The owner of the Beacon Hill landmark popularly known as the PacMed Center is terminating Seattle developer Wright Runstad’s 99-year lease on the mostly empty tower — 85 years early.
The quasi-public Pacific Hospital Preservation & Development Authority (PDA) will begin seeking a new tenant next week, Executive Director Rosemary Aragon said Friday.
Wright Runstad, unable to sublease the space after Amazon.com moved out last year, missed a $380,000 quarterly lease payment in June.
Thursday was the deadline to pay the back rent, but no check arrived.
- Nathan Hale High School juniors boycott state test
- Scientists to study the 'modern miracle' of Ozzy Osbourne's survival
- 100 drug arrests kick off new push against downtown crime
- Ditching Dreamliners: United buys older, cheaper planes
- Seahawks' toughness is not for everyone
Most Read Stories
The termination is effective Sunday, Aragon said.
“This is a positive outcome for all parties,” Wright Runstad spokesman Roger Nyhus said in a prepared statement, “as it provides a clear path forward for the Pacific Hospital PDA and its mission.”
The authority uses lease revenues from the building — now being marketed as the 1200 12th Tower — to provide access to health care for the uninsured and underinsured.
Any new deal could be another master lease, like Wright Runstad’s, or a more conventional lease directly to a user, said Kevin Fox, who chairs the PDA’s board.
“We need to find out who’s interested,” he said. “We’ve been unable to speak to anyone about leasing. We’ve been encumbered by our contract with Wright Runstad.”
The PDA may have more luck filling the building than Wright Runstad did, he said, because it doesn’t need as much money.
The termination ends a contract that was heralded as a win for all involved when it was negotiated 14 years ago.
The PDA leased 13 of the tower’s 16 floors to Wright Runstad in 1998, producing new revenue for health services. (Pacific Medical Centers, a primary and specialty-care physician network, has a clinic on the campus, but is a completely separate entity and has no financial relationship.)
The developer, in turn, converted the former hospital into offices — borrowing $23 million to help pay for the renovation — and subleased the space to Amazon.
But the online retailer, which has expanded and relocated to South Lake Union and the Denny Triangle, moved out of the PacMed Center after its lease expired in May 2011.
That left Wright Runstad with no income from the building to pay either the PDA or its lenders, a combined liability of more than $3.7 million a year.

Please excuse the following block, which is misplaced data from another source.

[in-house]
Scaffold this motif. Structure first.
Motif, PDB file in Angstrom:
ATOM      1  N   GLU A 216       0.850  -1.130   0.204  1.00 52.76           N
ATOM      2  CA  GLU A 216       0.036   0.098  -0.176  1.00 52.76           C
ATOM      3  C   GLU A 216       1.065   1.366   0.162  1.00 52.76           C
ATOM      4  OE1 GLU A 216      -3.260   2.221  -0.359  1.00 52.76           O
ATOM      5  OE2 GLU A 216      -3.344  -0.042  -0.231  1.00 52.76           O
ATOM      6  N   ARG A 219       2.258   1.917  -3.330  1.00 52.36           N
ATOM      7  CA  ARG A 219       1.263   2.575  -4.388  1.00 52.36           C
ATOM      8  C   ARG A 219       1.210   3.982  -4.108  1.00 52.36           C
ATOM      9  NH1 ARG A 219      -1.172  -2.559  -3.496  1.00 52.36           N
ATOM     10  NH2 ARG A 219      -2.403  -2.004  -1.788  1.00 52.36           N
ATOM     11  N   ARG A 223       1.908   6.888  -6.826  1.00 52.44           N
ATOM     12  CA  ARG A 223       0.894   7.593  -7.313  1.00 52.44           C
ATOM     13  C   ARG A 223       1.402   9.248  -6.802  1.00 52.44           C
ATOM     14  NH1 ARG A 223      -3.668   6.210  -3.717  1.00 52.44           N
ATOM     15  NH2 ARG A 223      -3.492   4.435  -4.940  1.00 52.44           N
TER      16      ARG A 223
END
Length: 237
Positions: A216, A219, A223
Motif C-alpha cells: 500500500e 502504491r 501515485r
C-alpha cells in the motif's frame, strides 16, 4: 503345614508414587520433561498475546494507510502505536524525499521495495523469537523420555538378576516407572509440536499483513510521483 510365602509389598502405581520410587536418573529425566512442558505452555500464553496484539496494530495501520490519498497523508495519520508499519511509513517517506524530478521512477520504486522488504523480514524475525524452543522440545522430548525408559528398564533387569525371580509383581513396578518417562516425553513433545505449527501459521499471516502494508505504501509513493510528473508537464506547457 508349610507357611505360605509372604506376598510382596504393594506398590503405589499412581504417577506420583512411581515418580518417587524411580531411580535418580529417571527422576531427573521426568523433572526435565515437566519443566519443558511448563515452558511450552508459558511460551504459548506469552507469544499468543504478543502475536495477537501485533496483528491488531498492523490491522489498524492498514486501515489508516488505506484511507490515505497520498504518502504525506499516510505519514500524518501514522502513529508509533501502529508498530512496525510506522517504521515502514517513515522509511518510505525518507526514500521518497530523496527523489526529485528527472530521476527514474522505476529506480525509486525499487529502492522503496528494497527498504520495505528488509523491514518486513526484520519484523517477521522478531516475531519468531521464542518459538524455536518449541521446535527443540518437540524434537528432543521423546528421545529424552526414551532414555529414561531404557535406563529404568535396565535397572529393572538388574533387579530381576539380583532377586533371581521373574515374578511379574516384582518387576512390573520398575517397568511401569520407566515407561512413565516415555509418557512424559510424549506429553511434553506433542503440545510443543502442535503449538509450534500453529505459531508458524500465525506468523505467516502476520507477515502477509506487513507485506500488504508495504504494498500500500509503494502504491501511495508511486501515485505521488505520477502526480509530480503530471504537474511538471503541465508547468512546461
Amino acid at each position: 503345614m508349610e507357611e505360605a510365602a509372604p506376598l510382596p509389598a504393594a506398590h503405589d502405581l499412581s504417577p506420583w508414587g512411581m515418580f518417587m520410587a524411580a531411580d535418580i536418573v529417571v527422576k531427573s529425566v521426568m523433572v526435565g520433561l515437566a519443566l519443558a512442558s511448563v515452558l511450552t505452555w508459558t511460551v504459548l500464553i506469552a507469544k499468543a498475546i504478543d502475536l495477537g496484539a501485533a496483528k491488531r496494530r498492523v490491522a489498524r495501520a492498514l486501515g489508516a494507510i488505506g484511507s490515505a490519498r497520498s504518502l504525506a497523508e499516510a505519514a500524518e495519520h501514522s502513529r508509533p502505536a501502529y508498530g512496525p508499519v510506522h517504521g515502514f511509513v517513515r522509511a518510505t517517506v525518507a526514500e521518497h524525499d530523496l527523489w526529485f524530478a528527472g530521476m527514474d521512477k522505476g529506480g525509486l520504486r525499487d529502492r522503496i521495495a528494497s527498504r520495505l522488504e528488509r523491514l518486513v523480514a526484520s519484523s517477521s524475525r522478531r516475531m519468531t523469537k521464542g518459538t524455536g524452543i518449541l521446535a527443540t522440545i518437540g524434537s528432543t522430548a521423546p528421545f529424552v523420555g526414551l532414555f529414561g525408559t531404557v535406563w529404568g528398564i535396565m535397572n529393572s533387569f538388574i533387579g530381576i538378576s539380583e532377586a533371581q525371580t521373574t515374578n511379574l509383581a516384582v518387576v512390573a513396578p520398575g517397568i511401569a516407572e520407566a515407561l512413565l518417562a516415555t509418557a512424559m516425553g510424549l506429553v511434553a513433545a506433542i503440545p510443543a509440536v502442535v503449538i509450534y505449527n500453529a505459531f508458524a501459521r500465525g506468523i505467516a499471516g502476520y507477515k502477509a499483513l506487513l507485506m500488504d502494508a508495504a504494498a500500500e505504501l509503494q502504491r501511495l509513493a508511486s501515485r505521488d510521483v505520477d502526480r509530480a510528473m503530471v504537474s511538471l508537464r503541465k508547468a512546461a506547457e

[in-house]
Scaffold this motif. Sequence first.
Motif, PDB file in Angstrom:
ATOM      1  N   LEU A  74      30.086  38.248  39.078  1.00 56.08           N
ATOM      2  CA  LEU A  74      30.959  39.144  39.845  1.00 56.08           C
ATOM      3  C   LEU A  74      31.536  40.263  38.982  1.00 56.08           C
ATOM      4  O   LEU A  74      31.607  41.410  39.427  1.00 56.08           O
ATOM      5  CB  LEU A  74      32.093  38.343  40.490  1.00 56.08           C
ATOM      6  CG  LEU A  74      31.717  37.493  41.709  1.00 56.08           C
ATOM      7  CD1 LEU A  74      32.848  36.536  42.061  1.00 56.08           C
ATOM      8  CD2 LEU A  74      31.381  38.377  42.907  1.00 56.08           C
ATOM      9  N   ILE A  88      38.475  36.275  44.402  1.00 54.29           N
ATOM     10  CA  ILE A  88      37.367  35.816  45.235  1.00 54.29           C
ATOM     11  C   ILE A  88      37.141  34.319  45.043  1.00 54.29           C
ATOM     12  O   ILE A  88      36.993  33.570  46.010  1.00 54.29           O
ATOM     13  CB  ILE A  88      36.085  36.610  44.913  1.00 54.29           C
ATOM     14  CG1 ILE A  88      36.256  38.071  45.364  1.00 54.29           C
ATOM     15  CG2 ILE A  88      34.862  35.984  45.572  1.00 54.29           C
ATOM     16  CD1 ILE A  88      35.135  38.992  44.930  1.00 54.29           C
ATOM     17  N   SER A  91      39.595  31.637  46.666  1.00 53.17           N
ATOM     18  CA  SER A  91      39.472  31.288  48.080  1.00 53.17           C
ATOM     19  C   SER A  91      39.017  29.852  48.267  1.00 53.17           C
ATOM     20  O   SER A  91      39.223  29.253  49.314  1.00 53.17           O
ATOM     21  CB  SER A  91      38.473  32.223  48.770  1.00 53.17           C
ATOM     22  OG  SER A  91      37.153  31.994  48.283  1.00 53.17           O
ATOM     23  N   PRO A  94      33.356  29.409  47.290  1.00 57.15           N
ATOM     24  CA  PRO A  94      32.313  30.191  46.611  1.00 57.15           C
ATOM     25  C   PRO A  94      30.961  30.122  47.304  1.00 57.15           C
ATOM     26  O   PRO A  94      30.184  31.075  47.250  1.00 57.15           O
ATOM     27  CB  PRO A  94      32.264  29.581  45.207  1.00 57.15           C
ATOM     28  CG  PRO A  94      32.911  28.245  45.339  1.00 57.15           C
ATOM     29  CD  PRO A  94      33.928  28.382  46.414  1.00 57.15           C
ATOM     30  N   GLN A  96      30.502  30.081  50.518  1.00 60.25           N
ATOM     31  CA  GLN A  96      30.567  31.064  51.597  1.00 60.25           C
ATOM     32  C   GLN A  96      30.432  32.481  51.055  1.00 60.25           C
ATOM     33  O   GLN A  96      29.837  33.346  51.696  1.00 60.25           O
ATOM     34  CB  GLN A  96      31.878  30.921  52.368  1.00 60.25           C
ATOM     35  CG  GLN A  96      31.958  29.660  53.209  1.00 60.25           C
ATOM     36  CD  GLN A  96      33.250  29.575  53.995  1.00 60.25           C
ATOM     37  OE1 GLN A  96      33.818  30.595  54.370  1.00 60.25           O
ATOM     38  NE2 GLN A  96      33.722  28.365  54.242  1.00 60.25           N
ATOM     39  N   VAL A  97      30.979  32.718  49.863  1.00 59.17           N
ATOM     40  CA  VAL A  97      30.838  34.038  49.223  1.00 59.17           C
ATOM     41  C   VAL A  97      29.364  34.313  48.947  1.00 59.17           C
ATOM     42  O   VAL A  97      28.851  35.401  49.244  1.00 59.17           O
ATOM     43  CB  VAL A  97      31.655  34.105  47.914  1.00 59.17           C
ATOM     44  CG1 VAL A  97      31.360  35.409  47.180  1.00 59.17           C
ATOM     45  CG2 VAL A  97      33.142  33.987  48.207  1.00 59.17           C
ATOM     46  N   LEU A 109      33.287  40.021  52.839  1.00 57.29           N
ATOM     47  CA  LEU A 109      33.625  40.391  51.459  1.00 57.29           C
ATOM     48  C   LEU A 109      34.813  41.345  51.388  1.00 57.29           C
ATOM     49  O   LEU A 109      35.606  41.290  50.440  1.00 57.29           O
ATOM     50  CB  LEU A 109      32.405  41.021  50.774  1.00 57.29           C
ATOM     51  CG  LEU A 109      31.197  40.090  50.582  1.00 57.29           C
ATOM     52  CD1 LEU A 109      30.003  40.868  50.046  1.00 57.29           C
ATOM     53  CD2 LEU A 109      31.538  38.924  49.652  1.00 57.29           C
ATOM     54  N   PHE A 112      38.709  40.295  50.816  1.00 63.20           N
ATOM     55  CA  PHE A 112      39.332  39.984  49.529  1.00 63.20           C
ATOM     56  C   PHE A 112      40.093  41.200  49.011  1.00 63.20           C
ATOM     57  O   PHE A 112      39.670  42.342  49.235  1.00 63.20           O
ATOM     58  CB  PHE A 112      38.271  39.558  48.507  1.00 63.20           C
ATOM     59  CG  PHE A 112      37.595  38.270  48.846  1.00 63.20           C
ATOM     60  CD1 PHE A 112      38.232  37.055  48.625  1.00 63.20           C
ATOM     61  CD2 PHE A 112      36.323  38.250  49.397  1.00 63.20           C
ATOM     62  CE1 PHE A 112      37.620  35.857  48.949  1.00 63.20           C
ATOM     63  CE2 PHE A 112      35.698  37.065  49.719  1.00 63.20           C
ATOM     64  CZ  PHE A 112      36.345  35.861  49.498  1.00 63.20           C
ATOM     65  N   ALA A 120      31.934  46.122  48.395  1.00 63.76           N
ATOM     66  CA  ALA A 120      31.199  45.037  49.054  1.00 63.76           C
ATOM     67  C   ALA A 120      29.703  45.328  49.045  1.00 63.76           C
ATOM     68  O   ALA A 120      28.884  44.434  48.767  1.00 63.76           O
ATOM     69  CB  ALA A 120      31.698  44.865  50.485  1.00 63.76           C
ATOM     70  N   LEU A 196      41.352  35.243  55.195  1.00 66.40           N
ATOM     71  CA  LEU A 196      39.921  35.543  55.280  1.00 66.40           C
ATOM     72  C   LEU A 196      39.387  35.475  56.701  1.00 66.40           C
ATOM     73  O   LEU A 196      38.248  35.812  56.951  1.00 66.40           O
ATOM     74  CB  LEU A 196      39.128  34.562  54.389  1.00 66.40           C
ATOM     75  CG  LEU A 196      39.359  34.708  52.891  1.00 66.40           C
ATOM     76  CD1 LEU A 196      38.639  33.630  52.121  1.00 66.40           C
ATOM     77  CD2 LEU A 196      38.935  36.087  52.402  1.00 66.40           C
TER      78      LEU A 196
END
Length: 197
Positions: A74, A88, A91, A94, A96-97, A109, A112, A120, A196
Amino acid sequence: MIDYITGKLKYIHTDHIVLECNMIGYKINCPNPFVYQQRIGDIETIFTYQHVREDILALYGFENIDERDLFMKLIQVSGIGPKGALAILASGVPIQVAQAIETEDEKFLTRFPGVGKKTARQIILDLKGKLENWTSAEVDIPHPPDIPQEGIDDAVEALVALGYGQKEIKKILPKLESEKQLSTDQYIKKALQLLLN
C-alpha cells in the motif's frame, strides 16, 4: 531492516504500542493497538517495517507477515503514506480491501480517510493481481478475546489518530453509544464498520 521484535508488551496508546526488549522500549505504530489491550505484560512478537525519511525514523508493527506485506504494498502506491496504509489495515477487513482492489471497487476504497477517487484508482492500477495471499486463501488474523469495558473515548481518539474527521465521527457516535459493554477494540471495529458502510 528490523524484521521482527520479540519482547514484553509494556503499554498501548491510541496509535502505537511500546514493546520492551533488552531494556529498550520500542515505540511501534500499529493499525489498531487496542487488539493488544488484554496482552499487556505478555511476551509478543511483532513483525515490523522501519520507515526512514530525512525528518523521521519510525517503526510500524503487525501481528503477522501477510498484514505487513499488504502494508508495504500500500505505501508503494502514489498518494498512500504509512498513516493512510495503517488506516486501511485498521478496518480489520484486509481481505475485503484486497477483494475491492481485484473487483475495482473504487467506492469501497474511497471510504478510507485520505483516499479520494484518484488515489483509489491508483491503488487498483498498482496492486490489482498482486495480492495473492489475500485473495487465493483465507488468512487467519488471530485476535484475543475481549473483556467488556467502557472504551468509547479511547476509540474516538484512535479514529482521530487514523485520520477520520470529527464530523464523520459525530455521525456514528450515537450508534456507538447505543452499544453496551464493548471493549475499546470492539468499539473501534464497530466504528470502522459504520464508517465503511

The company’s efforts to find a new tenant for the 205,000 square feet weren’t successful. A proposal to relocate King County’s juvenile court and jail there fell through last year.
City University of Seattle considered moving into the building, but relocated to Belltown instead.
Wright Runstad defaulted on its loan, which had a balance of $20 million, a year ago. Amos Financial of Highland Park, Ill., acquired the note from the original lenders at a steep discount this summer.
While Wright Runstad’s window for paying the back rent to the PDA closed Aug. 27, Amos still had another 30 days to make the quarterly payment.
It didn’t. Aragon said Wright Runstad settled with Amos recently, acquiring the note itself. Wright Runstad confirmed it reached a resolution with Amos, but didn’t provide details.
An Amos principal did not return a call.
Fox said that when Wright Runstad was seeking a user for the building, it had to ask for rents high enough to cover not only its lease payments to the PDA but also its debt service — $181,000 a month.
The PDA’s situation is different, he added: “We have no debt.”
So it could conceivably accept lower rents from a user than Wright Runstad, Fox said, while at the same time collecting more revenue than it was getting from the developer.
Wright Runstad had been paying the PDA $8 per square foot per year. The authority now will seek $12.50, plus taxes, insurance and maintenance, said its broker, Steven Wood of Century Pacific.
That’s probably about half what Wright Runstad needed to break even, he said.
About $40 million has been invested in the 80-year-old tower over the past 12 years, Wood said, including extensive energy-conservation measures.
“The building is immaculate,” he said. “It’s a beautiful campus.”
Large unfilled office spaces are rare right now in Seattle, Wood said. The tower could appeal to a technology company, government agency or educational institution that wants to be near downtown but not necessarily in it, the broker added.
The PacMed Center’s location, on the north end of Beacon Hill above Interstates 5 and 90, is both an advantage and a challenge, said Matt Christian, a senior director at brokerage Cushman & Wakefield/Commerce.
The tower is highly visible, he said, and offers opportunities for branding: “It’s certainly known as an iconic building.”
But there’s no other office development around it, Christian said, and few amenities.
Eric Pryne: email@example.com or 206-464-2231